Good morning, Quartz readers!
WHAT TO WATCH FOR TODAY
A big day for central banks. Markets will be watching closely as the US Federal Reserve wraps up its two-day meeting, and the Bank of Japan begins its own session. The Fed is expected to leave rates untouched, while the BOJ is under pressure to do something about the growing strength of the yen.
The latest SpaceX launch. Elon Musk’s company will launch two satellites to geosynchronous orbit on a Falcon 9 rocket and attempt to make its fifth successful landing back on Earth. A livestream isavailable starting around 10:30am ET.
The US and China wrap up cybersecurity talk. Officials at a two-day meeting in Beijing are trying to work out details for a deal reached in February to crack down on commercial espionage. Two US cabinet officials who were set to attend had to cancel their trips in the wake of the Orlando shootings.
WHILE YOU WERE SLEEPING
Russian spies hacked the US Democratic Party. The attackers, linked by a security firm to two separate Russian intelligence agencies, stole a massive trove of information, including potentially embarrassing research on Donald Trump.
US politicians assailed Trump’s post-Orlando attacks on Muslims. President Barack Obama said Trump used “dangerous” language that “singles out immigrants and suggests entire religious communities are complicit in violence.” Republican House Speaker Paul Ryan, who has endorsed Trump, said the presidential nominee’s proposed ban on Muslim immigration is not “reflective of our principles.”
John Kerry announced talks with Venezuela. The US secretary of state vowed to ease tensions with the oil-rich country’s embattled government, after more than a decade of tense relations between Caracas and Washington. Hours earlier, Kerry also voiced his support for a referendum that would oust president Nicolas Maduro from office.
Uber announced plans to raise even more cash. The privately held ride-hailing giant wants at least another $2 billion to pay for its global expansion. It plans to raise the money in the form of leveraged loans, similar to junk bonds, which would bring its cash reserves to about $15 billion.
An ASEAN-China meeting about the South China Sea ended with confusion. The Association of Southeast Asian Nations appeared to agree on a strongly worded statement about tensions in the contested sea. But the statement was issued not from ASEAN, but by Malaysia’s foreign ministry, which retracted it.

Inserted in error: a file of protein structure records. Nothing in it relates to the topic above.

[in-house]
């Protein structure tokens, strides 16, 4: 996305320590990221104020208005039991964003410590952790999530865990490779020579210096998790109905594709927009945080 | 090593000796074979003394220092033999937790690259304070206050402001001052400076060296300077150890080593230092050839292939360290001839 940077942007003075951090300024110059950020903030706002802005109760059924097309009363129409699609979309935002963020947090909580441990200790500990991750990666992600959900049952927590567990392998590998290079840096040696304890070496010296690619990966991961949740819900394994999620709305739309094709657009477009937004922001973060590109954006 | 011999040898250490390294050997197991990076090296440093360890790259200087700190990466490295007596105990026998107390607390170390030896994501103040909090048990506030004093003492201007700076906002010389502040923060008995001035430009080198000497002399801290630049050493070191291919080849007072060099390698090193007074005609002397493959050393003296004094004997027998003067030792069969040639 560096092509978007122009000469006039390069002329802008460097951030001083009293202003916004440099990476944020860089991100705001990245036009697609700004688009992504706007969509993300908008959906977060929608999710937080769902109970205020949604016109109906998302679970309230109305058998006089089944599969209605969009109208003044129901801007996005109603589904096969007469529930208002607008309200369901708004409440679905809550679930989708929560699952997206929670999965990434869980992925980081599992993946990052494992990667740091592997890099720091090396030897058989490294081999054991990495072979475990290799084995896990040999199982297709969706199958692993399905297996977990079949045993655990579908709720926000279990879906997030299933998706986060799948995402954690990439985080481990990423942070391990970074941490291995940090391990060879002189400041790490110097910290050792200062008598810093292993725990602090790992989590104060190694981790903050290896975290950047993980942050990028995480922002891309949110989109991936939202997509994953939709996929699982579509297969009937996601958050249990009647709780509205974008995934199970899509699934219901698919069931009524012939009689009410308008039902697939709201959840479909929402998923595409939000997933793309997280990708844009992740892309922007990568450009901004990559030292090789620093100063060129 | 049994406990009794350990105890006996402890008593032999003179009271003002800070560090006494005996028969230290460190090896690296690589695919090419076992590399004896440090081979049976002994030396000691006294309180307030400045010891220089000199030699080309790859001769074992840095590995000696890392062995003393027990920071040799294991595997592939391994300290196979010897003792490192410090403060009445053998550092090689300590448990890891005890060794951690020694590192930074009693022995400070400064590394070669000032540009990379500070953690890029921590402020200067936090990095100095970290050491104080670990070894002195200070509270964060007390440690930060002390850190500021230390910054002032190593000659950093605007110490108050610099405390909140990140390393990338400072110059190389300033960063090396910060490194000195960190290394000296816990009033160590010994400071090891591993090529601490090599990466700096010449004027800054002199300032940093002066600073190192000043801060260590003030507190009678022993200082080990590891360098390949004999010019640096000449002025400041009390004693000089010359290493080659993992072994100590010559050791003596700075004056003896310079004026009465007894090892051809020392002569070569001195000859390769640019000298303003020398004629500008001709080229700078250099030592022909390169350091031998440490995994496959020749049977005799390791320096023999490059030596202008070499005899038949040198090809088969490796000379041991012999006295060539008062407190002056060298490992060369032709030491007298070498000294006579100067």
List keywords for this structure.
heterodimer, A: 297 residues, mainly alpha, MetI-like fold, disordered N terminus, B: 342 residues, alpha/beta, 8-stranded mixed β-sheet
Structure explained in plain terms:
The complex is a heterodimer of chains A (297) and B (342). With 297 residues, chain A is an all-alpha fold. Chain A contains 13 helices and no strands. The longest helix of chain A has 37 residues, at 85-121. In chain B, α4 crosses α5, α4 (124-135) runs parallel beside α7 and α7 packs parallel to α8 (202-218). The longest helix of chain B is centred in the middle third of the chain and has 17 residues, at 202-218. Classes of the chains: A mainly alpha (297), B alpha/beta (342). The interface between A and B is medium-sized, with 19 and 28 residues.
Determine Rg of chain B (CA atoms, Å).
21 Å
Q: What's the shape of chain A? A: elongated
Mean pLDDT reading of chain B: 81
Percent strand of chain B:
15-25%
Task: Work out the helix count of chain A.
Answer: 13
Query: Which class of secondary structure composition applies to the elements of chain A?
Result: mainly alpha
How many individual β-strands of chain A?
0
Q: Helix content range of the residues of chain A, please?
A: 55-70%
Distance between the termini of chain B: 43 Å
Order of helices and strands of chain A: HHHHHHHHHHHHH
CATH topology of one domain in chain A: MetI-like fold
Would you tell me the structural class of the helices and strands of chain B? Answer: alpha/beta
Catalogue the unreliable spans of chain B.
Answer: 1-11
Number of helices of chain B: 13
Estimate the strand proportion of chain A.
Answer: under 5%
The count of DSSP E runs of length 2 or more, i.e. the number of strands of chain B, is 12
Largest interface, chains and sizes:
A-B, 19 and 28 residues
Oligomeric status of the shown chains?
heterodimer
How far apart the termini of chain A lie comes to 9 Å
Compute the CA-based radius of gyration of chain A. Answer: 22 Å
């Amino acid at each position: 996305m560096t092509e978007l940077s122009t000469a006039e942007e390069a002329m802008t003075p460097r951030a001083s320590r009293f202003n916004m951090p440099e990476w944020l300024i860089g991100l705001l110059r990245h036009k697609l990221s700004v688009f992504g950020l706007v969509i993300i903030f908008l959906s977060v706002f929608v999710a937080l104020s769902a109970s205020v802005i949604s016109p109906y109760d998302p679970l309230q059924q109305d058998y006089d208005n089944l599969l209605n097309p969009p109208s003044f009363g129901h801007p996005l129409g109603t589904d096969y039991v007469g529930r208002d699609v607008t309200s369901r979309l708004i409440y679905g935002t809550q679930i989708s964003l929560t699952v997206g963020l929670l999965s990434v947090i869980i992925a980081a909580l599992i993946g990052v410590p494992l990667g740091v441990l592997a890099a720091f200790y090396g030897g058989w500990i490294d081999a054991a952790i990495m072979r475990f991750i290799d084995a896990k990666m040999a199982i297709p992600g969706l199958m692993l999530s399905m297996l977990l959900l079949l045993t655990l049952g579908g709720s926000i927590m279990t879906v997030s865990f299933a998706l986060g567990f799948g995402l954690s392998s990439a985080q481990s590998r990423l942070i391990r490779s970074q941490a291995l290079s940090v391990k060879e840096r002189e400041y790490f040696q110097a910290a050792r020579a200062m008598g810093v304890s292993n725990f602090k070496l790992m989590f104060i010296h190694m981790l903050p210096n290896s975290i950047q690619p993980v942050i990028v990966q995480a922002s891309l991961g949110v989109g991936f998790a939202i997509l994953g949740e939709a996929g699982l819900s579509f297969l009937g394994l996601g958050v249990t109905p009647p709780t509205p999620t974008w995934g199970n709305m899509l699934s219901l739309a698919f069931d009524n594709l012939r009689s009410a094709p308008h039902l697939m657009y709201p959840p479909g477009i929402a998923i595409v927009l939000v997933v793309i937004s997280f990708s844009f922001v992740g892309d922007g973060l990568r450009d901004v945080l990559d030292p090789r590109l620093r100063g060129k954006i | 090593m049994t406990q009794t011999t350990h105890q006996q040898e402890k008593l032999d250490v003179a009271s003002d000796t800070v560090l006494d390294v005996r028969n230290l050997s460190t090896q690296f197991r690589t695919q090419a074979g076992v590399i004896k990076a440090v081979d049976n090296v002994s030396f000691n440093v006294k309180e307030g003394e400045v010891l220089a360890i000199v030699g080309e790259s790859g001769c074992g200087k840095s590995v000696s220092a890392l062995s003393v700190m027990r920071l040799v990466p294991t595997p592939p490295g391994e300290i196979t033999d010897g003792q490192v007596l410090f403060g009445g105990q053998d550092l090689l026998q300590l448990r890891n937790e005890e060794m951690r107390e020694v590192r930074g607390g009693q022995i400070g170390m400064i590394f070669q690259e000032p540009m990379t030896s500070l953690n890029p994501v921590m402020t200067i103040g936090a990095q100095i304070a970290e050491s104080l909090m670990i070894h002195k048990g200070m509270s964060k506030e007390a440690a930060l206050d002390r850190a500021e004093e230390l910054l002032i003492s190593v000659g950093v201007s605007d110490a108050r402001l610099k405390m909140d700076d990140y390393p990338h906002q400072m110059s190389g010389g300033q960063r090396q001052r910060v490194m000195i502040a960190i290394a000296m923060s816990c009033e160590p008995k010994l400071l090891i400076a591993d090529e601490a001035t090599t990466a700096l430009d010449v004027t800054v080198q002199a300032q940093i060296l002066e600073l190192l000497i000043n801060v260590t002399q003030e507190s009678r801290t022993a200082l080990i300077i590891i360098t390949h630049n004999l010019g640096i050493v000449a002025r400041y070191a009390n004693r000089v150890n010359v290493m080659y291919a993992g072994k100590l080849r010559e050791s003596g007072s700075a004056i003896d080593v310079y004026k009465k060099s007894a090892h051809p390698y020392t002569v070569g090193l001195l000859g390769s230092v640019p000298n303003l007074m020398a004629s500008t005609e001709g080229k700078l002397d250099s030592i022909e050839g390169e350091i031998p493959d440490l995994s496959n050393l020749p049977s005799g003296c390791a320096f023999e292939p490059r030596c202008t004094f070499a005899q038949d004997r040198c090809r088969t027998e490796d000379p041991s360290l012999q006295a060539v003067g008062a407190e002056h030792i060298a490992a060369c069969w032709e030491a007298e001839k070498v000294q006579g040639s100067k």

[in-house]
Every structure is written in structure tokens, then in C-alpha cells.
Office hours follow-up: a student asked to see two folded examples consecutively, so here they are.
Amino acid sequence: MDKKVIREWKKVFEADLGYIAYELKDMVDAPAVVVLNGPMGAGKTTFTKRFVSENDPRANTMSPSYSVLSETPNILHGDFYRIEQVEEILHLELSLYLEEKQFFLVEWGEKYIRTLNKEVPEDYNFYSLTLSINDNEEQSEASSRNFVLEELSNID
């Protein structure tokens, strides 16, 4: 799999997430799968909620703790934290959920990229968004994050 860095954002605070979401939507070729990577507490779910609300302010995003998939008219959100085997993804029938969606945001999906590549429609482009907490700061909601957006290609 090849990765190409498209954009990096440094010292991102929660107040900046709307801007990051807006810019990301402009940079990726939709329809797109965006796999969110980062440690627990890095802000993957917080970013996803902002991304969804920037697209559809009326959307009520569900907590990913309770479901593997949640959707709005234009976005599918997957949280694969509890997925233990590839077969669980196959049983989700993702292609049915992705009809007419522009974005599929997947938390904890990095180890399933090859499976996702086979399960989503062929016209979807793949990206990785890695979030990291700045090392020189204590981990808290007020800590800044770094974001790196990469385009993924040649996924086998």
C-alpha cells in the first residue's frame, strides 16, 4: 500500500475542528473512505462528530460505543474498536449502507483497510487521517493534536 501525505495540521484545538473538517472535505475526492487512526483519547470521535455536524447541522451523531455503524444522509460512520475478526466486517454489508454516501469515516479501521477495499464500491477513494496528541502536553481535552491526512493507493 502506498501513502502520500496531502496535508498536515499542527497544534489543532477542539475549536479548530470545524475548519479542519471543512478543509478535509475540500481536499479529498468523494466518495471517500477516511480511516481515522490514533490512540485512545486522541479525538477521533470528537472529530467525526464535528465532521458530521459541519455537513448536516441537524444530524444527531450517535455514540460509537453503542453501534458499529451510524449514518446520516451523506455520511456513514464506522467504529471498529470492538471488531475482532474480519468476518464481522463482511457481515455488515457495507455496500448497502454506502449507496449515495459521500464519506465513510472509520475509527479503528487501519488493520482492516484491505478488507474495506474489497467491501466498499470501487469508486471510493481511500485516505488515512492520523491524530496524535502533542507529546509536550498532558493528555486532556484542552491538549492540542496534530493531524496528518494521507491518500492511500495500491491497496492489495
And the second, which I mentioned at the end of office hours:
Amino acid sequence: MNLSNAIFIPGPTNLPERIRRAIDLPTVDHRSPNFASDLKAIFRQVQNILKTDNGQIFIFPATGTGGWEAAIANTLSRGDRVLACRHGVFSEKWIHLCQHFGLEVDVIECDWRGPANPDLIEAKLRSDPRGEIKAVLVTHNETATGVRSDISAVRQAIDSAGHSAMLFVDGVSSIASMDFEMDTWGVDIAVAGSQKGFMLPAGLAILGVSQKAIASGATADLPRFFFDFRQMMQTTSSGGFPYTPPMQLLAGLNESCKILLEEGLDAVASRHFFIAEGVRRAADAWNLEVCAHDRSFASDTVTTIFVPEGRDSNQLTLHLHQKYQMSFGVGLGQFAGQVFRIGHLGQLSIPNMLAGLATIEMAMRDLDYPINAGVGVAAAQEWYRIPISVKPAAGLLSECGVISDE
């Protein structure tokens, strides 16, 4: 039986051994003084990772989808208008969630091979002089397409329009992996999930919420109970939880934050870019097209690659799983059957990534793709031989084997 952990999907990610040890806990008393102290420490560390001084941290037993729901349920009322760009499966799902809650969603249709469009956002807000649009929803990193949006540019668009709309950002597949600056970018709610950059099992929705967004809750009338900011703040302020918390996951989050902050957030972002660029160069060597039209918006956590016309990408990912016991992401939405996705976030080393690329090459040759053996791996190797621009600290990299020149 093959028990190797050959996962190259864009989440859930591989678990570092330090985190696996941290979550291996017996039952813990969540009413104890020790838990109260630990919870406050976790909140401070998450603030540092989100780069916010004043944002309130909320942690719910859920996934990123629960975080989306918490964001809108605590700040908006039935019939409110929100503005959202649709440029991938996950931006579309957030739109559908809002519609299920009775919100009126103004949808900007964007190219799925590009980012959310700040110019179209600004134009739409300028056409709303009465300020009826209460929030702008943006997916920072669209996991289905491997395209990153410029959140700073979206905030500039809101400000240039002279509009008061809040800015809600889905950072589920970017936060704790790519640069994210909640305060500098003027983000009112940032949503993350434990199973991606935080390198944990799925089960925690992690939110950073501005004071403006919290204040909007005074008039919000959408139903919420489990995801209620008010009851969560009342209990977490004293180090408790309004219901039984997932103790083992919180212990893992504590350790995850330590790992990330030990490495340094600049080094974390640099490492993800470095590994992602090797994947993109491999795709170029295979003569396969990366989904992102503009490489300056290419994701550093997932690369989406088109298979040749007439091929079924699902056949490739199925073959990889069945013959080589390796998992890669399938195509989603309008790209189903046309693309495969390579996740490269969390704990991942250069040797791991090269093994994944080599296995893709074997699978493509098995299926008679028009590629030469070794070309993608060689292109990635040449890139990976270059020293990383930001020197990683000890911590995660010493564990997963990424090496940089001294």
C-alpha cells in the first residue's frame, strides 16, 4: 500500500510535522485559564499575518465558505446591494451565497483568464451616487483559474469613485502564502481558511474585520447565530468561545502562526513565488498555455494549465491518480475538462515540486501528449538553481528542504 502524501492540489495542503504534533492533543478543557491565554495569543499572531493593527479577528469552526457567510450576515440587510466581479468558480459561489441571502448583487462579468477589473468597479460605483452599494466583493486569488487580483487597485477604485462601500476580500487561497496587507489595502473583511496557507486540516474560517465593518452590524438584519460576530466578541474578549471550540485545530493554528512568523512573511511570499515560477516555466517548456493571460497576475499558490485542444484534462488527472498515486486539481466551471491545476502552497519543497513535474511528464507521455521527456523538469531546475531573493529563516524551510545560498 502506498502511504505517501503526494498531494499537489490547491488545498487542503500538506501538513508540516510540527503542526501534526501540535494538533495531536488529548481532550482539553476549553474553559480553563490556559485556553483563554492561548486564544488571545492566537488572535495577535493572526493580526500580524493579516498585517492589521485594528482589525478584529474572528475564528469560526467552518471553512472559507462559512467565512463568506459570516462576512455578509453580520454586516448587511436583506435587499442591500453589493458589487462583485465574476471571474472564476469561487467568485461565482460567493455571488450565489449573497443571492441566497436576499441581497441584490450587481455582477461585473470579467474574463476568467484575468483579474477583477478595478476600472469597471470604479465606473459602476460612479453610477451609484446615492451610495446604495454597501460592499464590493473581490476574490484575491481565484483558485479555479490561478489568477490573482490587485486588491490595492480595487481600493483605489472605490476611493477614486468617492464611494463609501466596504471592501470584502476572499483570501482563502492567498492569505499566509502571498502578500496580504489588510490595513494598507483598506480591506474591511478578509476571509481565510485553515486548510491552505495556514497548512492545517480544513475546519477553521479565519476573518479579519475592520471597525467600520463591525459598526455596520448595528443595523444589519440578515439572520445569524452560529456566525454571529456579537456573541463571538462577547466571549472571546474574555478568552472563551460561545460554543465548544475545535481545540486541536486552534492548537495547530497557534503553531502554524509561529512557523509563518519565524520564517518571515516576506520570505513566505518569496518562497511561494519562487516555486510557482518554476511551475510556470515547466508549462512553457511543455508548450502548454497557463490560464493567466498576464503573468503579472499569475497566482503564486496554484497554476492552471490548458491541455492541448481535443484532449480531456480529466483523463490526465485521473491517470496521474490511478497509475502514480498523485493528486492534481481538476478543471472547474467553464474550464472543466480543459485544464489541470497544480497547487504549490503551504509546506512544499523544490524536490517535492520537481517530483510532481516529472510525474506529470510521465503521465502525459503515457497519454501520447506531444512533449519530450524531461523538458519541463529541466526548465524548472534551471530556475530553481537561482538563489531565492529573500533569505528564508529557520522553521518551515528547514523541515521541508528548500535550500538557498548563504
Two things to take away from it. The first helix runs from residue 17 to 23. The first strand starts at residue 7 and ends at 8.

QUARTZ MARKETS HAIKU
With negative yields,
Creditors pay borrowers
To borrow. That’s weird.
QUARTZ OBSESSION INTERLUDE
Michael Coren on the coming era Silicon Valley’s mega-acquisitions: “For those charged with corporate mergers and acquisitions, Silicon Valley is starting to look like a department store on the day after Christmas, offering bargains next to the stratospheric valuations seen in 2015.” Read more here.
MATTERS OF DEBATE
China’s counterfeit goods are better than the real thing. That’s according to Alibaba boss Jack Ma, who says his company is still trying to get rid of fakes on its e-commerce sites.
The end of the written word is nigh. Facebook predicts that language will probably be overtaken by video in a few short years.
The Islamic State is a marketing organization for malcontents.It’s more of a brand for hate than a terrorist planning group.
A 2,000-year-old lump of butter was discovered in an Irish bog.It might even still be edible.
Starbucks is basically a bank. It has $1.2 billion stored in its appand on customer loyalty cards.
Chinese students are using nude photos as IOUs. Online lenders extend credit after demanding photos as collateral.
A scientist built a robot that can inflict pain. He’s trying to start a debate about the dangers of artificial intelligence.
McDonald’s is handing out free beer in Austria. Six packs of Ottakringer are on offer to help celebrate the Euro soccer championships.
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